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Ryu SF
Image: Toei Company

If you’re into anime, you can probably remember the first movie or television show that got you hooked on the medium. Your “gateway drug” if you will. For some, it might be TV shows Dragon Ball Z or One pieceothers may like a particular movie ghost in the shell or Akira (In fact, I really had to go through the memory archives to determine if Akira was first for me; it was definitely incredibly early in my life). However, for me, the very first memory I have of watching anime was the incredible video game adaptation, Street Fighter II: The Animated Moviepublished in 1994.

I’ll admit I wasn’t too keen on that street fighter Series when I was young. In fact, it probably wasn’t until Street Fighter III: 3rd Strike that I was really starting to take notice. But I ventured in Street Fighter II’: Special Champion Edition on the mega drive. I was terrible at it, of course, since I was still in the single digits at the time, but I really enjoyed playing as Ryu or Ken and just spamming the ‘Hadoken’ move non-stop (which still wasn’t quite enough , to win the most of the time, granted).

SF II animated film
Image: Toei Company

The animated film manages to take every single fighter out of the game and make them look complete tough.

I think most people would probably agree by now that Street Fighter II – especially the earlier iterations – was a bit goofy at times. Looking now at the character sprites in the fighter select screen and comparing them to how they looked in later games like Street Fighter V and the recently announced Street Fighter 6, some of them look serious strange (and don’t even get me started on the gory versions of the characters on the post-game screens). It’s a fairly light-hearted game with limited scope for compelling narrative, so you’d be forgiven for thinking the film adaptation would follow in its footsteps and be a little goofy itself.

However, not quite. Street Fighter II: The Animated Movie manages to take every single fighter out of the game and make them look complete tough. Whether it’s Ryu, M. Bison, or Chun-Li, every single character gets his or her moment in the spotlight. Heck, even the intentionally silly characters like E. Honda and Balrog are enhanced by the film’s exceptional animation and storytelling. Standout scenes include the opening fight between Ryu and Sagat, the introduction of M. Bison set to a fantastic, ominous soundtrack, and of course, the brutal apartment fight between Chun-Li and Vega.

Dhalsim SF
Image: Toei Company

For those who don’t know, the narration is pretty straightforward. It tells the story of a criminal organization called “Shadowlaw” led by M.Bison along with his henchmen Sagat, Balrog, and Vega who are on the lookout for new fighters to join their cause and target the incredibly skilled fighter Ryu . Unable to locate Ryu, they instead kidnap and hypnotize Ken, who shares a deep history with Ryu and potentially rivals him in fighting skills. Along the way, of course, we’ll meet the entire cast of the game at various locations, including Fei Long, T. Hawk, Cammy, and more.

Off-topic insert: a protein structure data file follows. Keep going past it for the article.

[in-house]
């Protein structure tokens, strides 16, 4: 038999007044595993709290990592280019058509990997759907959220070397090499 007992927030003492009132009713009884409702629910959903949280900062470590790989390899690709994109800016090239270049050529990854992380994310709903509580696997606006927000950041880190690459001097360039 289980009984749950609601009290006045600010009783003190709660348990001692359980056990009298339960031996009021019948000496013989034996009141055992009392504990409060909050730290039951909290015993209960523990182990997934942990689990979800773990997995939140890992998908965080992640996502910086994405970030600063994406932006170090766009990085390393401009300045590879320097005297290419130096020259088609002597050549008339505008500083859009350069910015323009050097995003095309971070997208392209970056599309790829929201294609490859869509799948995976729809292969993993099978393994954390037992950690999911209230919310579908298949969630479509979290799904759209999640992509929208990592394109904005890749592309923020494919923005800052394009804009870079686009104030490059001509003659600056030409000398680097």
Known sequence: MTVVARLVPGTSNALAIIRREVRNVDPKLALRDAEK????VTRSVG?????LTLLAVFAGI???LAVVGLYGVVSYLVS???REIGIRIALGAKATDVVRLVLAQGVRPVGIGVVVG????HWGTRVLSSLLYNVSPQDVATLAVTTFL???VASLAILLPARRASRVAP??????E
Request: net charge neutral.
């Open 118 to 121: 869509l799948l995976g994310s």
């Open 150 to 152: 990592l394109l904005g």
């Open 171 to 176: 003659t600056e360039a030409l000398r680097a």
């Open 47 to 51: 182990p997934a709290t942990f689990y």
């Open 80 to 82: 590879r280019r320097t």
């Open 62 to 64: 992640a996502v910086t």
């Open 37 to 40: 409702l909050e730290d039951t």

Despite the rather simple narrative, the real joy of Street Fighter II: The Animated Movie is in the smaller details. During the middle part of the film, M. Bison sends his right hand man Vega to take care of Chun-Li and this leads to one of the coolest brawls ever shown on screen.

It’s not lacking in emotional weight either; While some anime shows and films are content with their characters being seemingly immune to heavy hitting, Street Fighter II: The Animated Movies reminds us that its characters are human and fairly vulnerable to physical damage. When you see Chun-Li lying in the hospital with 90% of her body in bandages, you can’t help but think “Damn, that’s her Yes, really Pain!”.

Bison SF
Image: Toei Company

[it] may not have the same punch as Akira and Ghost in the Shell, but fit absolutely rivals them in terms of sheer quality.

Special credit must also go to the incredible soundtrack. I mentioned the great music played by M. Bison during the introductory scene, but this is just one of many moments throughout the film that are greatly enhanced by the original score. Not only that, but it makes great use of licensed music, with one particular standout scene where Ken is driving and listening with his wife ‘These Bones’ from Alice in Chains. When the same song played on Grand Theft Auto: San Andreas in-game radio a decade later, I immediately thought “Oh hey, that’s the song from the Street Fighter movie!”.

Street Fighter II: The Animated Movie might not have the same clout as the aforementioned movies like Akira and Ghost in the Shell, but for me it can absolutely rival them in terms of sheer quality. It successfully elevates what was already a monumentally influential video game by giving its characters meaningful backstories and great on-screen moments.

If you’ve never seen it, the good news is that the entire film is available on YouTube. This is a great way to watch the film as it’s been lovingly updated to HD at a player-friendly 60fps, but I’ll keep my fingers crossed for an official 4K Blu-ray release soon.

Did you see Street Fighter II: The Animated Movie when it was first released in the ’90s? Is it still with you? Share your thoughts in the comments below.

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